Date: Tuesday , July 10, 2018
The Crew 2 is a new game developed by Ivory Tower and published by Ubisoft. This is a Windows PC, PS4, and Xbox One release. The Crew 2 is an open-world racing video game and the direct sequel to The Crew released in 2014. It has both single player and multiplayer components.
Usually we don’t need to compare a new game to its previous release. However, this time it is going to actually be important to take a look at the previous title The Crew in order to compare graphics settings. There is an important point we need to make and point out regarding The Crew 2 versus The Crew. We’ll talk about it some on this page, and more in the conclusion. Therefore, go check out our The Crew Performance Video Card Review we conducted back in December of 2014. Take note of the graphical features and image quality supported in the previous title.
Today’s evaluation is going to take ten current GPUs and test the game at 4K, 1440p, and 1080p. We will find out what the best playable game settings are, how the video cards compare in performance and settings, and even compare specific game settings to find out how they affect performance.
You might also want to check out our The Crew 2 Video Card Performance and IQ Preview before reading this full review today. That preview, on the introduction page, will explain graphics settings available in more detail.
The previous game’s graphical features that were noteworthy were the game’s support for NVIDIA GameWorks features that added more realism and better graphics to the game. The previous game The Crew used ShadowWorks for HBAO+ ambient occlusion and supported TXAA as an optional anti-aliasing method. It even supported MSAA (Multisampling AA) traditional AA methods. Unfortunately, at the time, the implementation of HBAO+ only worked on NVIDIA GPUs, locking it out for AMD GPUs. At least AMD GPUs were able to use MSAA.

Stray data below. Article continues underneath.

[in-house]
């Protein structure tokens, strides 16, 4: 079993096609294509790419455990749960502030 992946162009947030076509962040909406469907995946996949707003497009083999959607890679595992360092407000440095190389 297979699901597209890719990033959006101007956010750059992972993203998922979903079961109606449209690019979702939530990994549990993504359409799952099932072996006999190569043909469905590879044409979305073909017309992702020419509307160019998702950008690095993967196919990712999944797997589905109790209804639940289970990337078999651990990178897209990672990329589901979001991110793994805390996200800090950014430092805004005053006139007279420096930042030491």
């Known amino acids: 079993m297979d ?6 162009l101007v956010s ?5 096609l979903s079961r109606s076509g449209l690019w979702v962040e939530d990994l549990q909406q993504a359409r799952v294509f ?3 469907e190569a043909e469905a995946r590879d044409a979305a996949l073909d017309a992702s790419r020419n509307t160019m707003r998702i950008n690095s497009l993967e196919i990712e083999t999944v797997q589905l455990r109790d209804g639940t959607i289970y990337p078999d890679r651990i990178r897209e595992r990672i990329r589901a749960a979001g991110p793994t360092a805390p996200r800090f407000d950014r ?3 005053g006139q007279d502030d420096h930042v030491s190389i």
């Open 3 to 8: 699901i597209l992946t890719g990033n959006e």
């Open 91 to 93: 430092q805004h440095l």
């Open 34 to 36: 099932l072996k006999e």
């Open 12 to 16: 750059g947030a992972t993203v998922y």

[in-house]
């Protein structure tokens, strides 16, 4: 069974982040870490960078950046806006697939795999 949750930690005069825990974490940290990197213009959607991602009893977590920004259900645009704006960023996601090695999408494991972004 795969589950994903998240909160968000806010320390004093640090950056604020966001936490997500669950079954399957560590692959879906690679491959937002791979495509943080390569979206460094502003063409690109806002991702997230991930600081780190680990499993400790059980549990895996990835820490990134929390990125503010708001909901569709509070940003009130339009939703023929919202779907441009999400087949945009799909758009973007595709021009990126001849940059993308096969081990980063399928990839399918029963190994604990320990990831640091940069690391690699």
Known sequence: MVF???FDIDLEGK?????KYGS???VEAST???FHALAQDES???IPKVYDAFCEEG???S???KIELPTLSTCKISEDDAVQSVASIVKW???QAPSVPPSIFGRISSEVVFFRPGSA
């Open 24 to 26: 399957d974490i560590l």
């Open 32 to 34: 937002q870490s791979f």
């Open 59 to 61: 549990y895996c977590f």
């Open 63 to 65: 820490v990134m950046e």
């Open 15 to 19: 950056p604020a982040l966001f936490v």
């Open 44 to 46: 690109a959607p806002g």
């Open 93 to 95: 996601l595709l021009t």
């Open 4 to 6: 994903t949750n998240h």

It is important to note that the previous game had these features because the current game, The Crew 2 totally strips out these features and minimizes the game IQ features even further. All GameWorks features have been removed, this means the game no longer supports the better looking HBAO+, instead this game relies on SSAO+ a very old method of ambient occlusion that just doesn’t look very good compared to what is possible with newer methods. There are errors and image quality anomalies with this lesser form of ambient occlusion that make it less accurate and not as impactful.
Both TXAA and MSAA have also been stripped out of the game in favor for FXAA only as your AA option. We can understand the removal of TXAA if GameWorks isn’t being used, but to also remove traditional MSAA support doesn’t make any sense. FXAA has the bad habit of blurring or reducing texture quality in games. MSAA, while graphically demanding, doesn’t have this blurring effect and those with powerful GPUs may have opted to use MSAA instead.
The Crew 2 still suffers from the same 60FPS cap that The Crew also suffered from. All the feedback from the first game in 2014 and the developers haven’t figured out that on the PC we want uncapped FPS, or at least the options for a 120FPS and 144FPS option for high refresh rate monitors. This is the kind of game where you actually want a high refresh rate, yet the game locks us to 60FPS. You can disable VSYNC, but it doesn’t go past 60FPS regardless.